Sophie Hunger Explains What Went Into The Creation of ‘Halluzinationen’

Berlin-based Swiss musician, Sophie Hunger, doesn’t fit in any traditional sonic box. Or, rather, she’s such an adept and skilled player that she’s capable of hopping from music box to music box at will, creating songs in various genres from electronic to rock ‘n’ roll to industrial and others. Hunger’s latest release was the song (and video) for the track, “Alpha Venon,” and the 37-year-old Hunger will release her latest LP, Halluzinationen, on Sept. 4. We caught up with Hunger to talk with her about her diverse sonic interests, the staggering number of languages she speaks, how she first fell in love with music, her varied traveling schedule around Europe, her new studio LP and much more.

When and how did you first find music, as a young person?

In school in London we had to sing in a choir. Also at home through my parents’ vinyl collection – I especially adored Ray Charles, whom I tried to imitate.

How did you start to invest in your singing and creative self?

It’s something that just happened. Already as a small child I would go to the piano and write little songs. It was something that seemed to be preprogrammed in my body somehow.

I know very little about Switzerland, how did growing up there influence the way you think about music or art?

I mostly grew up outside of Switzerland, actually, in England and in Germany. We moved about a lot when I was a child. I think music was my safe haven then, the place where I felt in control, where I could express my emotions and have a feeling for the world that otherwise made no sense to me whatsoever.

You live in Berlin now. How has that city helped change or evolve the way you think about music composition?

I’ve started to use a lot of electronic elements – synths, drum computers – ever since I moved [to Berlin]. Before that, I would write very traditionally on an acoustic guitar or on a classical piano. The club scene in Berlin is so dominant and so I jumped right into it.

You recorded recently at Abbey Road studio in London. Was this odd, exhilarating or inspiring?

Exhilarating! We recorded everything live there in a continuous take. So the entire album is one take with no overdubs. That was a real challenge!

You’ve also recently worked providing the music for movies. What does this endeavor do for you that writing for your own albums might not?

You’re at the service of someone else and of something else in those cases. You’re at the service of the director and of the movie. The demand comes from outside, not from inside. You then need to put some of the inside into it.

Your new single, “Alpha Venom,” features the chorus, “Don’t forget who makes the music.” Then, at the end, you sing, “I’m the one who makes the music.” What are you trying to achieve or communicate with this refrain?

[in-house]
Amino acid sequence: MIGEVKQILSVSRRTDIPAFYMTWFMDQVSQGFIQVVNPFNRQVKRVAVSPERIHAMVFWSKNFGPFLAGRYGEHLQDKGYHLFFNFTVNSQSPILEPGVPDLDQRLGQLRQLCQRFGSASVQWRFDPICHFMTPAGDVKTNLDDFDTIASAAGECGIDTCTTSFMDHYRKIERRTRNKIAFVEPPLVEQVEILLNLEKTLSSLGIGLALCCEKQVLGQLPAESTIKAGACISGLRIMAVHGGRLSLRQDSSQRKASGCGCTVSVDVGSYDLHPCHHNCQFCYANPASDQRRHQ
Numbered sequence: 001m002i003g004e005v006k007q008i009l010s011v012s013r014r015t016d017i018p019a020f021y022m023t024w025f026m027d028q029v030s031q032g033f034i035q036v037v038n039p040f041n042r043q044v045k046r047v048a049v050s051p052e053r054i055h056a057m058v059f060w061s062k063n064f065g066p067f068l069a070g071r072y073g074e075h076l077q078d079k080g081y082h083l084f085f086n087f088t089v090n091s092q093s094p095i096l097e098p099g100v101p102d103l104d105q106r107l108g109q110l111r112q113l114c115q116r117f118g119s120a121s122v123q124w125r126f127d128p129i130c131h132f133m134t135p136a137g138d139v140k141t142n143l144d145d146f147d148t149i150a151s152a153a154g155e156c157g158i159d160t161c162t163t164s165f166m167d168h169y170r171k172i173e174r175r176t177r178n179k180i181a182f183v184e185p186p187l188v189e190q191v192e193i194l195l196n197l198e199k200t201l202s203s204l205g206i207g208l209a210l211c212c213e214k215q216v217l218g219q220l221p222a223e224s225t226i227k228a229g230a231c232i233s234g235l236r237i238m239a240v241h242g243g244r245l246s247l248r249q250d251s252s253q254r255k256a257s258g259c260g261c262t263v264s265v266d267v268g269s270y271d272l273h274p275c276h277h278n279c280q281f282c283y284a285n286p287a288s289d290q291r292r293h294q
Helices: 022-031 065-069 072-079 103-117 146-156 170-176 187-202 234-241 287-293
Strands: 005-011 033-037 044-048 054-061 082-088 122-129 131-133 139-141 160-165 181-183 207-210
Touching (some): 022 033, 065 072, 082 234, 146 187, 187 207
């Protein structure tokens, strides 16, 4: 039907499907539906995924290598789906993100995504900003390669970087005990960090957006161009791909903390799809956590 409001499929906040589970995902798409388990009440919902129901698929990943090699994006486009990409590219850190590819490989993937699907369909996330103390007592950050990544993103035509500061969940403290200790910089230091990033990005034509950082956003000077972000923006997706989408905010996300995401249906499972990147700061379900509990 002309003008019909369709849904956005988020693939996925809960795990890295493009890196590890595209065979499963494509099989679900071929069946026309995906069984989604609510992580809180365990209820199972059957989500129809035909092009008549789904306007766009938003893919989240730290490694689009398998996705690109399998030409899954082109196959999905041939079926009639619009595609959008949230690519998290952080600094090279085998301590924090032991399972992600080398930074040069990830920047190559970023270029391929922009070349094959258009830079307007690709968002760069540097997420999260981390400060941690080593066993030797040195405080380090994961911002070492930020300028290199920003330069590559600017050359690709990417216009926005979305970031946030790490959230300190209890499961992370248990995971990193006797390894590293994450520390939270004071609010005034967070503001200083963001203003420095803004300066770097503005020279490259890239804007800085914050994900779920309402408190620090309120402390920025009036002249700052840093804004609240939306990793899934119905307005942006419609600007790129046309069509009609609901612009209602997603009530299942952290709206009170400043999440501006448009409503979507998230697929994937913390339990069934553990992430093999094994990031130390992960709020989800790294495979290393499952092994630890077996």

This is a song I was asked to write for a German TV series and it’s lead role. It’s a about an actress who struggles with surviving, being pushed around by a bullying male society and who is often exploited. In the song, I try to defend the role of the musician, of the artist in an industry and especially now also in a time of pandemic where everyone needs content, needs ideas, needs music, needs art. But often those who provide this content don’t have any power. If you like, the song is a bit of Marxist Theory mixed with proper feminism.

What languages do you speak and what does being multi-lingual do for the way you think about lyrics or communication?

I speak French, Swiss German, English, German and a bit of Spanish. It gives you access to different cultures, and thereby to different point of views, feelings and colors. I suppose it’s a nice way of becoming more aware of the beauty of our differences and developing empathy.

Halluzinationen is now, I believe, your seventh studio release. And you’ve earned a quarter of a million sales, or more, to date. What does it feel like to achieve success and to steadily grow your fan base? 

Success means something else to everyone. For me, success means being independent in my choices and having full artistic freedom. It’s the most important thing for me, truly. But I am aware that this is only possible through a certain minimum amount of commercial success. I am very grateful so far for achieving and keeping that balance.

Last question – simply, what do you love most about music today?

Music suggests a different world – the world of the imaginary, the absurd, the dream. It gives you the possibility to be and feel many more things than the factual world you live in. It can thereby touch a potential in you, bring to life unknown voices or heal hurtful ones and help you to eventually find truth. It’s a school of empathy. It’s a way of existing.

Pre-order ‘Halluzinationen’ here.

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